This Urgent Pedagogies seminar at IASPIS focused on the formation of democratic and pluralistic environments where participants can learn freely, honestly and enthusiastically, not confined within the traditional walls of academia, but cutting across different forms of knowledge, integrating aspects of life and dialogue with the larger community.
Education is once again at the forefront of the political struggle for justice and equality and here artists and architects play an important role in developing new forms of knowledge production. In the last years the emergence of new schools, educational programs, self-organised learning environments and radical reforms within formal educational institutions have tried to acknowledge different forms of knowledge production grounded in society and able to challenge the dominant model of a globalized western education. This open seminar at Iaspis has a focus on the formation of democratic and pluralistic environments where participants can learn freely, honestly and enthusiastically, not confined within the traditional walls of academia, but which cut across different forms of knowledge, integrating aspects of life and dialogue with the larger community. The goal is to explore the processes by which critical learning and egalitarian environments can emerge and influence educational institutions, while seeking a manner of critical intervention for the constitution and strengthening of civic spaces in contemporary realities.
We will ask ourselves, which role does the university have in the greater transformation of society? How could the knowledge that is produced inside its walls be relevant, useful for students that live in marginalized communities? What kinds of structures or institutions are required for the accommodation of interests and subjects born from the interaction between students, teachers and the broader social context? How can the attention of educational institutions move from the production of knowledge – based on information and skills – to processes of learning – based on shifts in perception, critical approaches, visions and governing principles? And how to reconcile theory with action, and combine a rigorous understanding of the problems with pragmatic and effective urban interventions?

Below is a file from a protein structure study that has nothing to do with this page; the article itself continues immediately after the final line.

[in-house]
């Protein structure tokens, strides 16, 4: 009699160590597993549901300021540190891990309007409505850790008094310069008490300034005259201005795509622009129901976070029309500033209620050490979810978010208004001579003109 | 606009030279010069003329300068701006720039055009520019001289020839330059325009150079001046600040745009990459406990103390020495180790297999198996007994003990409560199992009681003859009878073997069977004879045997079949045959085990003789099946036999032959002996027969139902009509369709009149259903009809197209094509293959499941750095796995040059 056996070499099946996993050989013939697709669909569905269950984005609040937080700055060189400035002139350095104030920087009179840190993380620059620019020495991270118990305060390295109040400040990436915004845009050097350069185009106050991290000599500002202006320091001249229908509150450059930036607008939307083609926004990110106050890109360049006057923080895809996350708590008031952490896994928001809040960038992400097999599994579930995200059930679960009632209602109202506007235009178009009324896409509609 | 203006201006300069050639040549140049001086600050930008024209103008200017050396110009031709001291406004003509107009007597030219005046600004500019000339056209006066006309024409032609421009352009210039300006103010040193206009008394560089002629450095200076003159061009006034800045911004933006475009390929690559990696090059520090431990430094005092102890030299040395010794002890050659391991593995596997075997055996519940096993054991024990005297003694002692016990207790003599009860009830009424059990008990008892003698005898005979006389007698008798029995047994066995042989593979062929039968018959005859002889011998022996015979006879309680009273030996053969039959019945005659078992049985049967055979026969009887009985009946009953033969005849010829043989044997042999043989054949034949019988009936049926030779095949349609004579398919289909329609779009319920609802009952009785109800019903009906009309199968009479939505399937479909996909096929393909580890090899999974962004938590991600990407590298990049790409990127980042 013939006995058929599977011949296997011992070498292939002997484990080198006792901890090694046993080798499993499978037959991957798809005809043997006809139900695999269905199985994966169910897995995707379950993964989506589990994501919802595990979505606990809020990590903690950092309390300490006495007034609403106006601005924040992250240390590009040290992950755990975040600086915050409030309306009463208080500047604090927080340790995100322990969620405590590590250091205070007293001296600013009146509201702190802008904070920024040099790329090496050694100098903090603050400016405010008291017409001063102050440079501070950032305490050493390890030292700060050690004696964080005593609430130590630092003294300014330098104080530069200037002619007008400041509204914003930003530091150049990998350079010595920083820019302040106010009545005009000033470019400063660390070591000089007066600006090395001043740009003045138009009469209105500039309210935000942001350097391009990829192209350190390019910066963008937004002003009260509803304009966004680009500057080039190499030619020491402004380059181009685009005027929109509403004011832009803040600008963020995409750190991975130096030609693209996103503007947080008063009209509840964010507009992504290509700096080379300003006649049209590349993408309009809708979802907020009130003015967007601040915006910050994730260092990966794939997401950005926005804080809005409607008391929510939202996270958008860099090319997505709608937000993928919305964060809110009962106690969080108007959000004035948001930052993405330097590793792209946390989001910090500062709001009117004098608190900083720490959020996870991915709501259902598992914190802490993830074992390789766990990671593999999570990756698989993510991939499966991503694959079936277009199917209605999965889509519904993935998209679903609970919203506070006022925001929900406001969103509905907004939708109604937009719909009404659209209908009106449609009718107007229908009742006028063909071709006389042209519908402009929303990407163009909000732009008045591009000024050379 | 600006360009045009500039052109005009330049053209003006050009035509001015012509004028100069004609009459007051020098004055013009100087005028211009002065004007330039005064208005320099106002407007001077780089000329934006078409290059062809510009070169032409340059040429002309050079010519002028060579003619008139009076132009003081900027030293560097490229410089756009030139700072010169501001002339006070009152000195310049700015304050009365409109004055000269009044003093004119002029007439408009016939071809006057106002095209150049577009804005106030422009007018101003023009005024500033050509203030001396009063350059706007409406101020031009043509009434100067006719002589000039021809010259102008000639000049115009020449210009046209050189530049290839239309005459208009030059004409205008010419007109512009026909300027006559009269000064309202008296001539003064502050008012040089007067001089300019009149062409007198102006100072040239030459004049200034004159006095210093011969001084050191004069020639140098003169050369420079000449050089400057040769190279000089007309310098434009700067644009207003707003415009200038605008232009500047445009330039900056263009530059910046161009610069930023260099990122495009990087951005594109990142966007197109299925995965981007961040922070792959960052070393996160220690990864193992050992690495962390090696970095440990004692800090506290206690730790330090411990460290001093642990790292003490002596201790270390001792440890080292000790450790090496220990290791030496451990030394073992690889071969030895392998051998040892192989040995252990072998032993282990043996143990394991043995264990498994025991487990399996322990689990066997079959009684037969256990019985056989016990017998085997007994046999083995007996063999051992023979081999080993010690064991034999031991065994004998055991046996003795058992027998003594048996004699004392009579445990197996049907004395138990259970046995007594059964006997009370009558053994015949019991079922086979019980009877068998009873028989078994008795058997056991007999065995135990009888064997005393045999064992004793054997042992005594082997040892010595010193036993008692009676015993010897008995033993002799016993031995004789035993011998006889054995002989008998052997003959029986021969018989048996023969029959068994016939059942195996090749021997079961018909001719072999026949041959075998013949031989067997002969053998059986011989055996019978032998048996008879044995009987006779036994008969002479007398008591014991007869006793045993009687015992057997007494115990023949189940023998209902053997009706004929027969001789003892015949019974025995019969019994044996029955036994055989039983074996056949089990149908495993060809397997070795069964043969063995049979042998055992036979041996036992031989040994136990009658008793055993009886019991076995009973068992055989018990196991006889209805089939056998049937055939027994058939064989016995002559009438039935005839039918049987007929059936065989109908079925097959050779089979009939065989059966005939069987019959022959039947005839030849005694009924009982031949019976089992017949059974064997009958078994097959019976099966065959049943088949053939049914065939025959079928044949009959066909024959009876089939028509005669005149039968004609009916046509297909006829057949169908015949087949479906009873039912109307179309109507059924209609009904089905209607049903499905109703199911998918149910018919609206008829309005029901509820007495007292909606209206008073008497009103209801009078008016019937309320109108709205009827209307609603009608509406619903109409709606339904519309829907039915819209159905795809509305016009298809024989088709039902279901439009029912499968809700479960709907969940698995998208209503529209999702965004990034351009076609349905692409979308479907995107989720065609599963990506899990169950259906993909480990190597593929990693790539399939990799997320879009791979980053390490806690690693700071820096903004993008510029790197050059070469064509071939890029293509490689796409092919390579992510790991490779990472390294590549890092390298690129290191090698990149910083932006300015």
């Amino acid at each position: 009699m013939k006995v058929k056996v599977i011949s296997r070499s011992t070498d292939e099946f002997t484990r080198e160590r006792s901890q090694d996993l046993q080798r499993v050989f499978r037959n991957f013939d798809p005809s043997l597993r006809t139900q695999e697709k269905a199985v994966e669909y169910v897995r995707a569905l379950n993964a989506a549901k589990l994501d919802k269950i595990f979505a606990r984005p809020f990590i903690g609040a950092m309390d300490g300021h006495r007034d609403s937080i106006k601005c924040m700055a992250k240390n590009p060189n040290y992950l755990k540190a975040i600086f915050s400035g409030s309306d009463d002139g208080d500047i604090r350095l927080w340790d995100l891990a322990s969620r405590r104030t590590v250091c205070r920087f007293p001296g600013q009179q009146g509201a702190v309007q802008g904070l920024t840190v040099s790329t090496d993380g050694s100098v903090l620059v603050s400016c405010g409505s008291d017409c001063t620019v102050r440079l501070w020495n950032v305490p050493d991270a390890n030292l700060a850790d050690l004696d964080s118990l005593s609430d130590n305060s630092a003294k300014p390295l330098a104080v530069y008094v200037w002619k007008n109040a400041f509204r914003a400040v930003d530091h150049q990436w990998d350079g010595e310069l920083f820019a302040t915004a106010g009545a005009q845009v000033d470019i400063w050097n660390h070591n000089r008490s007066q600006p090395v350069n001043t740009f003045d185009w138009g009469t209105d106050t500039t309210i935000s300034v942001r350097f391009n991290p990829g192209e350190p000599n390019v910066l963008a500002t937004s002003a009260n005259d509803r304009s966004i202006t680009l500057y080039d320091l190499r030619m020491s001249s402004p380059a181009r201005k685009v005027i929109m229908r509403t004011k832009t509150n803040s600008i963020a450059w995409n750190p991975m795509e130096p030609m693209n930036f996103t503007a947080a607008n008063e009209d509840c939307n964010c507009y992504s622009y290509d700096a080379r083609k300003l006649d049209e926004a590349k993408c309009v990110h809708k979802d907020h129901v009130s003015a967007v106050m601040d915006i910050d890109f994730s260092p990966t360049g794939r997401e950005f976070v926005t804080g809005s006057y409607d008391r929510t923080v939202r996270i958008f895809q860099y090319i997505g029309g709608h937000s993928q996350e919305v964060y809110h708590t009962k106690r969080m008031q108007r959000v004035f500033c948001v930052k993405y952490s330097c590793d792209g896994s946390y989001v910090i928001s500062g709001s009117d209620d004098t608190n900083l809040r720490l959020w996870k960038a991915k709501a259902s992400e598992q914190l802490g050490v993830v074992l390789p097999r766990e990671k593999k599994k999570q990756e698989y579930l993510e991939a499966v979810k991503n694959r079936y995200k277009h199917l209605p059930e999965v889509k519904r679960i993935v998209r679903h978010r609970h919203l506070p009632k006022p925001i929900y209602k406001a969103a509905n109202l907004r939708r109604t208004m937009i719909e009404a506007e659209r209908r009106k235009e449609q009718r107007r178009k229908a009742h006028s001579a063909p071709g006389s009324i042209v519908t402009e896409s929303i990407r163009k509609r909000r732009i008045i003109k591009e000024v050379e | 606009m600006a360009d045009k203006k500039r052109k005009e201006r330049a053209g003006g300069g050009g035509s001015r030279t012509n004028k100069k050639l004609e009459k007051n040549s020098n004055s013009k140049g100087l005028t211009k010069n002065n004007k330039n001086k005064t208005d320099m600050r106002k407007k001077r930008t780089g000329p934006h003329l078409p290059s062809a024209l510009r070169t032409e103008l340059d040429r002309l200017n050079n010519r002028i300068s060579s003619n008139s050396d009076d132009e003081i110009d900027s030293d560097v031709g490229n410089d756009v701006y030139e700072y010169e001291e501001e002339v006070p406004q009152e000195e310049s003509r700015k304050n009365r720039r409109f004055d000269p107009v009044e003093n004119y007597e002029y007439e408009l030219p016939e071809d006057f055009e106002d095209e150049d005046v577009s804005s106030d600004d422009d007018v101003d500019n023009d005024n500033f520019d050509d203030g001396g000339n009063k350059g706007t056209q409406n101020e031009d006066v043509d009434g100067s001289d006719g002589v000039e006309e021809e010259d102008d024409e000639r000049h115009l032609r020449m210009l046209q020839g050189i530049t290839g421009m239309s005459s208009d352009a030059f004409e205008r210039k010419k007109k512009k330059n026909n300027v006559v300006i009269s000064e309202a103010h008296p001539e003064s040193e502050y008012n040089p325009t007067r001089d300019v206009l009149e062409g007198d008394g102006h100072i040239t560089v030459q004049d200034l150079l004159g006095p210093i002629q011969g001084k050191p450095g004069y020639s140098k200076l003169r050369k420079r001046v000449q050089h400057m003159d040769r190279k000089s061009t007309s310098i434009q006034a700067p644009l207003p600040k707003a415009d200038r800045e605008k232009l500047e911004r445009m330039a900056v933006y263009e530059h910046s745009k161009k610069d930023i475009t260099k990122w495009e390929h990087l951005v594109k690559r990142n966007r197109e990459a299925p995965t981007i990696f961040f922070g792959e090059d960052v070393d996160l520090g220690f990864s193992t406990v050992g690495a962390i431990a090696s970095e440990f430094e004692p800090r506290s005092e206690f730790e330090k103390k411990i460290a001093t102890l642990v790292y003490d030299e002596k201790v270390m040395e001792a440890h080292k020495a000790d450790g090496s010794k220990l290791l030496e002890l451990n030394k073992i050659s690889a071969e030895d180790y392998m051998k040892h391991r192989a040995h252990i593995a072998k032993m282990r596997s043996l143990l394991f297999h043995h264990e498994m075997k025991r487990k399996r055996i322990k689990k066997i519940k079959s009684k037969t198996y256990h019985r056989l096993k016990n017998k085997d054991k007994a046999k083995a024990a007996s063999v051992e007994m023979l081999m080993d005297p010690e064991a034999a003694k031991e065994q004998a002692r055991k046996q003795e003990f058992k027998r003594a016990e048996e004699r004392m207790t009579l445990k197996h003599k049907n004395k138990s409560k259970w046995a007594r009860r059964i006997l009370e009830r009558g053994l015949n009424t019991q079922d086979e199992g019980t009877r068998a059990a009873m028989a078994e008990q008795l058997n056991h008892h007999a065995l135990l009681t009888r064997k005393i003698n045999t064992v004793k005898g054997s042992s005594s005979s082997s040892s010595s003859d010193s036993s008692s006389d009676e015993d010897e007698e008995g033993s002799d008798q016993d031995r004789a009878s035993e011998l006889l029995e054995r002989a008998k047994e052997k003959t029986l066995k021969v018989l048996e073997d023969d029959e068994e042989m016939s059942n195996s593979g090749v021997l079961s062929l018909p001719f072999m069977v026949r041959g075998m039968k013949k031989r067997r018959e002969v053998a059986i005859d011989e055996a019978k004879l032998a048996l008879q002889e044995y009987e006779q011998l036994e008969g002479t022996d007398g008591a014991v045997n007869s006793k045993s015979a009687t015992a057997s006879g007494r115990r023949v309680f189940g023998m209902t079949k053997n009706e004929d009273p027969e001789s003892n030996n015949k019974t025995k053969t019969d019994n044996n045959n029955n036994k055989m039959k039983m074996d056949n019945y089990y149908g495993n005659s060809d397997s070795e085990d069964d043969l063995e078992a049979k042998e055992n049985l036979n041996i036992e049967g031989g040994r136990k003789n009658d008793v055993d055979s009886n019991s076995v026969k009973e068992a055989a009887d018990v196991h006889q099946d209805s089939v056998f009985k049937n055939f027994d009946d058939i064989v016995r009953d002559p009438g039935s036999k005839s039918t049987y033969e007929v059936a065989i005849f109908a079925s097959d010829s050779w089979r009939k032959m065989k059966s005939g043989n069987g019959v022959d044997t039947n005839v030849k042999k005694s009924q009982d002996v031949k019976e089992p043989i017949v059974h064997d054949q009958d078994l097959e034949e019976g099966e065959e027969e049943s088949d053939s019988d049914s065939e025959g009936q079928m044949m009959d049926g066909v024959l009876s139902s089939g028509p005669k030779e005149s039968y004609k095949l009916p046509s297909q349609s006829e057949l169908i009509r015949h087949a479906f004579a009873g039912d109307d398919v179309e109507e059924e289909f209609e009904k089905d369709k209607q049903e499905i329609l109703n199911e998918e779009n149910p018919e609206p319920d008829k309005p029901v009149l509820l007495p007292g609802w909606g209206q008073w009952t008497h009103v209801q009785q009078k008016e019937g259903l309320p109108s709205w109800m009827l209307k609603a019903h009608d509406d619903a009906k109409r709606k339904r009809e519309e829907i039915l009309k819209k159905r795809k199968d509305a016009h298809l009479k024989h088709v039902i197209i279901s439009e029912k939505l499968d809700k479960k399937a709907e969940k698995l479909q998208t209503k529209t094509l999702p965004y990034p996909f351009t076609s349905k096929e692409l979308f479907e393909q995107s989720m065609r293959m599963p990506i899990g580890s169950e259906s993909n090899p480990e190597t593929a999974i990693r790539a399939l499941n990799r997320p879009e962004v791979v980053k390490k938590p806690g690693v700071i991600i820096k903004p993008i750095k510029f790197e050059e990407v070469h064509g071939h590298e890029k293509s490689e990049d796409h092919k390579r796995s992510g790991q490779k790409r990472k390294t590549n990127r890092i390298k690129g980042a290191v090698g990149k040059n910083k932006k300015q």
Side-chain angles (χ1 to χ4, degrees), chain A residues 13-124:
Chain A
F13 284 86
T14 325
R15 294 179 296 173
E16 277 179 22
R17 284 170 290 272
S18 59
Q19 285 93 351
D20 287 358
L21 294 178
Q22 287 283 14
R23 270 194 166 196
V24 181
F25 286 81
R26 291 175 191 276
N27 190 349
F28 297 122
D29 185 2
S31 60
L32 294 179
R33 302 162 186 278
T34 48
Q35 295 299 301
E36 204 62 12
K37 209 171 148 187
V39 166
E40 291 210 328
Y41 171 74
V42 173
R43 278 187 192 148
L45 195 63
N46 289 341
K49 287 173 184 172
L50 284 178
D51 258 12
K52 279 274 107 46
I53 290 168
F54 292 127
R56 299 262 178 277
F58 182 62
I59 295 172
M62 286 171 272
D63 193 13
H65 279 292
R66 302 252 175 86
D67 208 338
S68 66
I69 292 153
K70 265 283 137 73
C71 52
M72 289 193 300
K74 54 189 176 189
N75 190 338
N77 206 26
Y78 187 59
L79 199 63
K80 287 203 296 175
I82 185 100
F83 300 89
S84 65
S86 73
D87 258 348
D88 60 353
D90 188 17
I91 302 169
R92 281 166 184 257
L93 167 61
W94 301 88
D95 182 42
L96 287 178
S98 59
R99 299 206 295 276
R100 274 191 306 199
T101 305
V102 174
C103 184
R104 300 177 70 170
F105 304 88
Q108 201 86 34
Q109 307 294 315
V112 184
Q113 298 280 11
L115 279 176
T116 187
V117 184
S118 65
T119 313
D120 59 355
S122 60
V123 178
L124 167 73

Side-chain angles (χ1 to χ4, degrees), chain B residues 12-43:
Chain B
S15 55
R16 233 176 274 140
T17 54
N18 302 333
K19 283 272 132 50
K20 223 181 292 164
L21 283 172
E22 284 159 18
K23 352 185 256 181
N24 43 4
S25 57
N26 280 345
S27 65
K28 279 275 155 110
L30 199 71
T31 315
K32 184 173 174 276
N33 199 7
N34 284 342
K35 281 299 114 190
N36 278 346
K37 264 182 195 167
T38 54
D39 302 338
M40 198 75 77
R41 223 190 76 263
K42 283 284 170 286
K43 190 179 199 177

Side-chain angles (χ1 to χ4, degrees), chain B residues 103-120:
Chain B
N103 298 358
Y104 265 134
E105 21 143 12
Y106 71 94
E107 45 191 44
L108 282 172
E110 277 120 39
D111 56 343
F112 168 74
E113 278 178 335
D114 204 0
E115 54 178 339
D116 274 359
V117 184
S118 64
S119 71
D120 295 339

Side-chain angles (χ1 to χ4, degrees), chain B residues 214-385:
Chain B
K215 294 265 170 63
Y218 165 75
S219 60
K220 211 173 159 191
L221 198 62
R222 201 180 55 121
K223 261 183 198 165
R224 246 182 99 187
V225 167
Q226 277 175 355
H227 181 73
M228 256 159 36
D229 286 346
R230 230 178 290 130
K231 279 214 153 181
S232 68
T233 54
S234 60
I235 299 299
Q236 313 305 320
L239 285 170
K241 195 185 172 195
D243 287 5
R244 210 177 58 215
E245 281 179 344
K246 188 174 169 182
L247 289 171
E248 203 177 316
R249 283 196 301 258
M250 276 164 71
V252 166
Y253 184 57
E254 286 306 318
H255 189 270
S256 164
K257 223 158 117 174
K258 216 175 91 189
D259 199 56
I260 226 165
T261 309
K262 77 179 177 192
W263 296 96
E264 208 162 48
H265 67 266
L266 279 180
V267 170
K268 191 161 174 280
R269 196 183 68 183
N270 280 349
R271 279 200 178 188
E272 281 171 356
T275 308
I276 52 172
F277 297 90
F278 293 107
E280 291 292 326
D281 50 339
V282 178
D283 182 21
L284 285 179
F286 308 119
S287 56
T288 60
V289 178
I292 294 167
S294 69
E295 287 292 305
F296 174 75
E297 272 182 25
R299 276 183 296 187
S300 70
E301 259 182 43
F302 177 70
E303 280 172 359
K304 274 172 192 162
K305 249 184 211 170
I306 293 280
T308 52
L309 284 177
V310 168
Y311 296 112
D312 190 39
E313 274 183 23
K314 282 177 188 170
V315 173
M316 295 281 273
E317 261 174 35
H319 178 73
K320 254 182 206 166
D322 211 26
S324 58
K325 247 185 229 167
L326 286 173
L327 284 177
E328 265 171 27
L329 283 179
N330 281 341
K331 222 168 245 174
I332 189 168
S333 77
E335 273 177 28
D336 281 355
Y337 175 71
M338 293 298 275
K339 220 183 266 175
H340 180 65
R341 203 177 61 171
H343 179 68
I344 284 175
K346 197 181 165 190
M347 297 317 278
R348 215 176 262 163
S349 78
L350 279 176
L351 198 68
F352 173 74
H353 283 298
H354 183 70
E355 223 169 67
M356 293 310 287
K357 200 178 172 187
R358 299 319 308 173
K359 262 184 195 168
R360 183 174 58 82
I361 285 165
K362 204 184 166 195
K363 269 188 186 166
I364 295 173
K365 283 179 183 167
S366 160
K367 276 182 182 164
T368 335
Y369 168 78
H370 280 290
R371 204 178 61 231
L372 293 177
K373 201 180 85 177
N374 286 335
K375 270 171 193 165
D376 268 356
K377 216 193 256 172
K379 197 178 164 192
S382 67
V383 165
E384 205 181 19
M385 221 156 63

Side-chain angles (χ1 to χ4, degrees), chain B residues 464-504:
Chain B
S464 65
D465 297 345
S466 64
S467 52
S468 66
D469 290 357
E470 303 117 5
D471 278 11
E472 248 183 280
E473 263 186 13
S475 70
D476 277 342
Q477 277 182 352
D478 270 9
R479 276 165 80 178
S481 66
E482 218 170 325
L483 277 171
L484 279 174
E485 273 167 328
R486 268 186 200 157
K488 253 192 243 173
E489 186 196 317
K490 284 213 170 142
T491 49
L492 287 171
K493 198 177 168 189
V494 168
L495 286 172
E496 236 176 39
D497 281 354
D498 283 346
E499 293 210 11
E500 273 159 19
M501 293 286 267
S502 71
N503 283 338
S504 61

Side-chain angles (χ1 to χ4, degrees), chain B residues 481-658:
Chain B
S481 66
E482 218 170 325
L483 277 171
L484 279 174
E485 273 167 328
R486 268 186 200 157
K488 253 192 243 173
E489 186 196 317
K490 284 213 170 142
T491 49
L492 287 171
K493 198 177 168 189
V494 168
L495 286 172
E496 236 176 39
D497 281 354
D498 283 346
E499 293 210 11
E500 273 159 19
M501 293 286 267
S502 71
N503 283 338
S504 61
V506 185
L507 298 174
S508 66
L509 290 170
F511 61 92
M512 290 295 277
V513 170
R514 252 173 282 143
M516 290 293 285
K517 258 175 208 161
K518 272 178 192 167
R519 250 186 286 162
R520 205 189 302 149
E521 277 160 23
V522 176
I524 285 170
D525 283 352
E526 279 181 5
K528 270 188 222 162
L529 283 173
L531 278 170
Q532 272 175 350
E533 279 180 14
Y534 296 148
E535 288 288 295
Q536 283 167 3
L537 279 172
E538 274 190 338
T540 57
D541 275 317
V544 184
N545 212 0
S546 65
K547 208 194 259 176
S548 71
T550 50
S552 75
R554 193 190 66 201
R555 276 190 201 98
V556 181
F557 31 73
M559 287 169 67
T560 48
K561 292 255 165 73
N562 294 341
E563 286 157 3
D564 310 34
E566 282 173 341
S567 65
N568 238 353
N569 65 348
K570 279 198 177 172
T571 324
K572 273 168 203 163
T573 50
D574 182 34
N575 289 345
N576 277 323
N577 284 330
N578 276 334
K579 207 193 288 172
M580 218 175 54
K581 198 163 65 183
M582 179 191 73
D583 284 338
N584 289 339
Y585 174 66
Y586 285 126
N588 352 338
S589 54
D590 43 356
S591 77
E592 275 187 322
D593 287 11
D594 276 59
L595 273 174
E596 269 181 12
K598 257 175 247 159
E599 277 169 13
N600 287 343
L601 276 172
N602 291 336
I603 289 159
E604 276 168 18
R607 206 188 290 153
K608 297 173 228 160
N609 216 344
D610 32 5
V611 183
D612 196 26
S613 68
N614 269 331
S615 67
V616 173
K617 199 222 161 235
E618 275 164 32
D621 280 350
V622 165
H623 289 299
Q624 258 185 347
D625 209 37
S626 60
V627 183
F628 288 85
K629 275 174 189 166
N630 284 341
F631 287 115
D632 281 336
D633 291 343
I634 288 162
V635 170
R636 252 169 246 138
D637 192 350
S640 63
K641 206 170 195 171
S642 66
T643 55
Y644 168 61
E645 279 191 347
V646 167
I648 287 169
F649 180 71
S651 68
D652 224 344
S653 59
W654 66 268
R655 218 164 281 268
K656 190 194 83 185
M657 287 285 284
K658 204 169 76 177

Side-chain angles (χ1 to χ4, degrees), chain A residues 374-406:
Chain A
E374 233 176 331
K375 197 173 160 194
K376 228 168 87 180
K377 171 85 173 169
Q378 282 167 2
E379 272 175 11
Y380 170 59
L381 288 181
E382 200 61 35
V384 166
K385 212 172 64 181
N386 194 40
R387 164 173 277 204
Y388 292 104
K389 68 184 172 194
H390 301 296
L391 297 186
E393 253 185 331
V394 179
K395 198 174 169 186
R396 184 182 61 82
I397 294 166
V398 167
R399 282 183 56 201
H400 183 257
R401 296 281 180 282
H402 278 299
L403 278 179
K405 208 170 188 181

Participants included Sepake Angiama, Sandi Hilal and Alessandro Petti and the event was organised by IASPIS together with the postmaster course Decolonizing Architecture: displacement, migration and colonial heritage at the Royal Institute of Art, Stockholm.
is an educator and curator with an interest in the discursive and social framework that has led her to work with artists, architects, designers and choreographers who like to disrupt the social sphere. She’s interested in how these practices have sought to develop pedagogical initiatives such as schools and libraries placed outside of the traditional models of education, and how these also can shape or form communities. In 2017 she brought together a number of practices from different parts of the world to share their methodologies and approaches within a gathering, Under the Mango Tree. Sepake will present her interest in small-scale practices that seek to develop pedagogical forms of practice.
is an architect, lecturer and researcher at the Royal Institute of Art in Stockholm. Since 2018 she has been teaching the course Decolonizing Architecture. Her current research explores invisibility as a critical strategy, subjectivity and spatial category in the ongoing research project: Hyper-visible Invisibility: Tracing the Politics, Poetics and Affects of the Unseen, published in The Field Journal: Becoming a Feminist Architect (2017). And in the collaborative artistic research project Spaces of Care Disobedience and Desire: Tactics of Minority Space-Making, initiated together with Rado Ištok and Natalia Rebelo at the Royal Academy of Art.
Info on IASPIS website: www.konstnarsnamnden.se/default.aspx?id=22465